Google Gripped by Pro-Biz Chess Bug


It’s a chess tournament like no other – the world’s best grandmasters competing alongside leading businesspeople in a meeting of minds – all in the super-cool surroundings of Deep Mind’s offices at Google HQ near King’s Cross in London.



Offices and corridors around the Google offices – with its whizzing lifts and cool gadgetry like a kind of Willy Wonka’s Chocolate Factory for techies – are abuzz with the chatter of chess opening preparation as the world’s best players give last-minute coaching tips to their playing partners – all to the sounds of a PA system piping out Freddie Mercury and Queen’s up-tempo single, ‘Don’t Stop Me Now!’


The event is a charity fundraiser for Chess in Schools and Communities, and also provides opportunities for talented schoolchildren to receive Masterclasses from leading Grandmasters.


The games in the Pro-Biz Cup can be viewed here.


When the Pro and Amateur players aren’t discussing the latest GM wrinkles on the Leningrad Dutch or the Caro-Kann, the talk is all about the latest games by AlphaZero, the revolutionary self-learning programme developed by DeepMind that has seemingly taken chess to an unheard-of level, combining brute force calculation with ground-breaking neural networks learning.


Garry Kasparov and Terry Chapman ponder their move in the Caro-Kann (photo Lennart Ootes)

Among the players here is DeepMind’s CEO, the former chess prodigy Demis Hassabis who is hosting the event. His company, the world’s leading Artificial Intelligence (AI) research firm, is rewriting the rules – not just for games like chess, but potentially for a whole range of fields of scientific research and endeavour.


Shreyas Royal and Ali Mortazavi (photo Lennart Ootes)

Deep in thought at the board are players such as the legendary World Champion Garry Kasparov, here partnering entrepreneur Terry Chapman. Their opponents in Round 1 are English GM David Howell and Rajko Vujatovic, a model risk consultant who also has the distinction of being a three-time gold medallist in the World Chess Diving Championship – where thinking time is limited by how long you can hold your breath underwater.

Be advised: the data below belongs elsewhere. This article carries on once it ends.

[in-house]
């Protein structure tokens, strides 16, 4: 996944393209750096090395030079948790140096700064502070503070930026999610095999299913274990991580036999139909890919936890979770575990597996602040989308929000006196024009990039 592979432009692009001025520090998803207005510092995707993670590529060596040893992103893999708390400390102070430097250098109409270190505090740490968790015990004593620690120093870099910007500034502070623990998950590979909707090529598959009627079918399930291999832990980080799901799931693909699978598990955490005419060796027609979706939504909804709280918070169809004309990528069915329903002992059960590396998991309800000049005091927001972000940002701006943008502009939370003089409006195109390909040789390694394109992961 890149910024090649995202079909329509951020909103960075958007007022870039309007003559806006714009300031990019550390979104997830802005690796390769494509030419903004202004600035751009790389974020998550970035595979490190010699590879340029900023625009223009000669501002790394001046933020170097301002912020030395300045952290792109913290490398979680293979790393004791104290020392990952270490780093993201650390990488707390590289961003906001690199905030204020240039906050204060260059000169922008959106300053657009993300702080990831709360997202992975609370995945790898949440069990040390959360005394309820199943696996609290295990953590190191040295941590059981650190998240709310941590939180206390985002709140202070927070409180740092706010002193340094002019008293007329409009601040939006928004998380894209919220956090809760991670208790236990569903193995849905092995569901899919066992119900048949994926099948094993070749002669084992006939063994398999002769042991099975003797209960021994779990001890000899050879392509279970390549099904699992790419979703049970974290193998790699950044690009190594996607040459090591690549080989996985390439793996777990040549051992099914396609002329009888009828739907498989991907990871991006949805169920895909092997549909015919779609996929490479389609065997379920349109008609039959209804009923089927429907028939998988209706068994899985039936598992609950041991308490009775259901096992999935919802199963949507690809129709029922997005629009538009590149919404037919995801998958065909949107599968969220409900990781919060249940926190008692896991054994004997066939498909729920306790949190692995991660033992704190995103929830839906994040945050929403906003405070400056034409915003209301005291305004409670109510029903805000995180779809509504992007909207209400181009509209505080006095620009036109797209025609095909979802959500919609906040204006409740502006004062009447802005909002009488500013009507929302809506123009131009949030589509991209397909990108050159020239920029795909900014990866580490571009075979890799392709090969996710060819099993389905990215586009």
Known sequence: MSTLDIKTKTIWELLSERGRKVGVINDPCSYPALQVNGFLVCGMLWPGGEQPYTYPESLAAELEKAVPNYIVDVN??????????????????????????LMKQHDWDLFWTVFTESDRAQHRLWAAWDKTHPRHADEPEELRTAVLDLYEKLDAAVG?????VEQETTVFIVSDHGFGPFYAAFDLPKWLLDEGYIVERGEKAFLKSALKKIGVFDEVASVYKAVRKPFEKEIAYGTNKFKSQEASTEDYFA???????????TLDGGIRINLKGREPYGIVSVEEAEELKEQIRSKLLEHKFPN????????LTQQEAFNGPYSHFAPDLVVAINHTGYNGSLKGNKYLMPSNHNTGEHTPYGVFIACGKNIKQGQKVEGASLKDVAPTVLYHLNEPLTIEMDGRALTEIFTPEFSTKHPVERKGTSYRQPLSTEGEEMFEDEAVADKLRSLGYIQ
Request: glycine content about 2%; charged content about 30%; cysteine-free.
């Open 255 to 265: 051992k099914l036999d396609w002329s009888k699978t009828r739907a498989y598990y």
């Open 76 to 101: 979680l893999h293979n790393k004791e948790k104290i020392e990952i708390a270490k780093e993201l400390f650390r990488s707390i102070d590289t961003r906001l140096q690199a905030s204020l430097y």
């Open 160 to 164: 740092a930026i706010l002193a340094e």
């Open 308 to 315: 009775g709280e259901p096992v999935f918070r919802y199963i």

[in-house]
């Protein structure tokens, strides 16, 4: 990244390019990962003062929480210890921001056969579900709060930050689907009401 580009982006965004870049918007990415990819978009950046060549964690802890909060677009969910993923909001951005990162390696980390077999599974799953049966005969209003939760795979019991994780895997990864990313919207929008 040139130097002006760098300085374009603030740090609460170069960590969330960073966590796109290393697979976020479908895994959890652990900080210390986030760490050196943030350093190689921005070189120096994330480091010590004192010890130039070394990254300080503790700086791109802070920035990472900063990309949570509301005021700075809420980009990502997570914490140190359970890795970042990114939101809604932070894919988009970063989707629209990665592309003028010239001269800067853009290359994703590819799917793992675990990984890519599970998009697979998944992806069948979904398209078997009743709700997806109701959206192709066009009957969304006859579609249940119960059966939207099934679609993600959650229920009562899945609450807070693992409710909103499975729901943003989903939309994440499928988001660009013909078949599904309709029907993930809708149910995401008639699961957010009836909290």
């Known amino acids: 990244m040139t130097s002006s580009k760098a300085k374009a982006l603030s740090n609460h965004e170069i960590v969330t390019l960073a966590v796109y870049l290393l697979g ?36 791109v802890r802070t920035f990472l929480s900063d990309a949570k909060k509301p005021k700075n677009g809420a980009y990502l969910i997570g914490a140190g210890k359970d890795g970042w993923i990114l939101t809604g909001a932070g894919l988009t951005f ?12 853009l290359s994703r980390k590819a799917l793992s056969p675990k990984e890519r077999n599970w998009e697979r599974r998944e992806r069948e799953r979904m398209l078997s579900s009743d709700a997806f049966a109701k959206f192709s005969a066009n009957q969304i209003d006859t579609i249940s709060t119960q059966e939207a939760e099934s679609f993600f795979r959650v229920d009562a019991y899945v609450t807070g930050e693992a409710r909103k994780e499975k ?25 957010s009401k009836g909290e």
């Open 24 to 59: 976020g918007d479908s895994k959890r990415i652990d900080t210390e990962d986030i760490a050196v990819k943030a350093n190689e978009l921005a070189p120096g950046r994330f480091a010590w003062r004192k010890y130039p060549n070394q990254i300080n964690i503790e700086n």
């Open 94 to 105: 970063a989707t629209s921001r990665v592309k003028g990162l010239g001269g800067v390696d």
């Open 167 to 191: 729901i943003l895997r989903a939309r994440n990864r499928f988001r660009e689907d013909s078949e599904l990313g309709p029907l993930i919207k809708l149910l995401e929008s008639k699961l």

Fabiano Caruana plots his move, as Chris Flowers looks on (photo Lennart Ootes)

The games are played on a rapid time limit of 20 minutes plus 5 seconds per move, and also players are allowed to take two 1-minute timeouts to consult with each other.


Terry Chapman and Garry Kasparov taking a timeout for consultation (photo Lennart Ootes)

At this point, the clocks are paused, and the Grandmasters and their amateur partners huddle in a corner of the room near the electronic display boards, dispensing and receiving animated advice on which move to play next, or where to start an attack on the king.


Natasha Regan and Mickey Adams (photo Lennart Ootes)

For the top four grandmasters here – World Championship challenger Fabiano Caruana, his fellow American Hikaru Nakamura, France’s Maxime Vachier-Lagrave and Armienia’s Levon Aronian, it’s a gentle warmup for the main event that starts tomorrow – the London Chess Classic, the final leg of the Grand Chess Tour 2018, which will be decided by knockout semi-finals and a final.


Matthew Sadler and Demis Hassabis deep in concentration (photo Lennart Ootes)

But for the entrepreneurs, it’s a pretty nerve-wracking affair – like doubles tennis or Pro-Am golf. Imagine stepping in to take a penalty for Lionel Messi, or returning serve to Roger Federer. You wouldn’t want to be the one responsible for the blunders then…


CEO of Chess in Schools and Communities Malcolm Pein (photo Lennart Ootes)

And while it’s generally fairly light-hearted compared to serious chess tournaments, you can tell that Kasparov, for some years now retired from full-time chess, just like the other Grandmasters – simply does not want to lose.


The Teams


Pair 1

- Fabiano Caruana, World Championship Challenger
- Chris Flowers, Chairman and CEO of J.C. Flowers & Co. LLC, an investment firm specialising in financial services

Pair 2

- Matthew Sadler, two-time British Champion
- Demis Hassabis, CEO and Co-Founder of DeepMind

Pair 3

- Garry Kasparov, former World Champion
- Terry Chapman, entrepreneur and former Chairman and CEO of Terence Chapman Group PLC

Pair 4

- David Howell, England No. 2
- Rajko Vujatovic, model risk consultant and three-time gold medallist in the World Diving Chess Championships

Pair 5

- Levon Aronian, Grand Chess Tour semi-finalist 2018.
- Justin Baptie, Managing Director of Insight Strategic Associates, a firm of accountants dealing with the SME and HNW market.

Pair 6

- Mickey Adams, England No. 1 and reigning British Champion.
- Natasha Regan, a Director at RPC Consulting and Women’s International Master.

Pair 7

- Maxime Vachier-Lagrave, Grand Chess Tour semi-finalist 2018.
- Gilles Betthaeuser, President of global real estate company Colliers International for France, Belgium, Spain, Morocco and Switzerland.

Pair 8

- Gawain Jones, two-time British Champion.
- Nigel Povah, an advisor to US firm PSI and an International Master.

Pair 9

- Hikaru Nakamura, Grand Chess Tour semi-finalist 2018.
- Karina Vazirova, Head of Product and Implementations at ClauseMatch, a London-based RegTech firm, and a Women’s International Master

Pair 10

- Ali Mortazavi, former CEO of Silence Therapeutics and an International Master.
- Shreyas Royal, 9, currently the top English Under 12 and ranked second in the world for his age.


The Pro-Biz Cup is part of the London Chess Classic and supports Chess in Schools and Communities



© SC


Copyright © 2018 LCC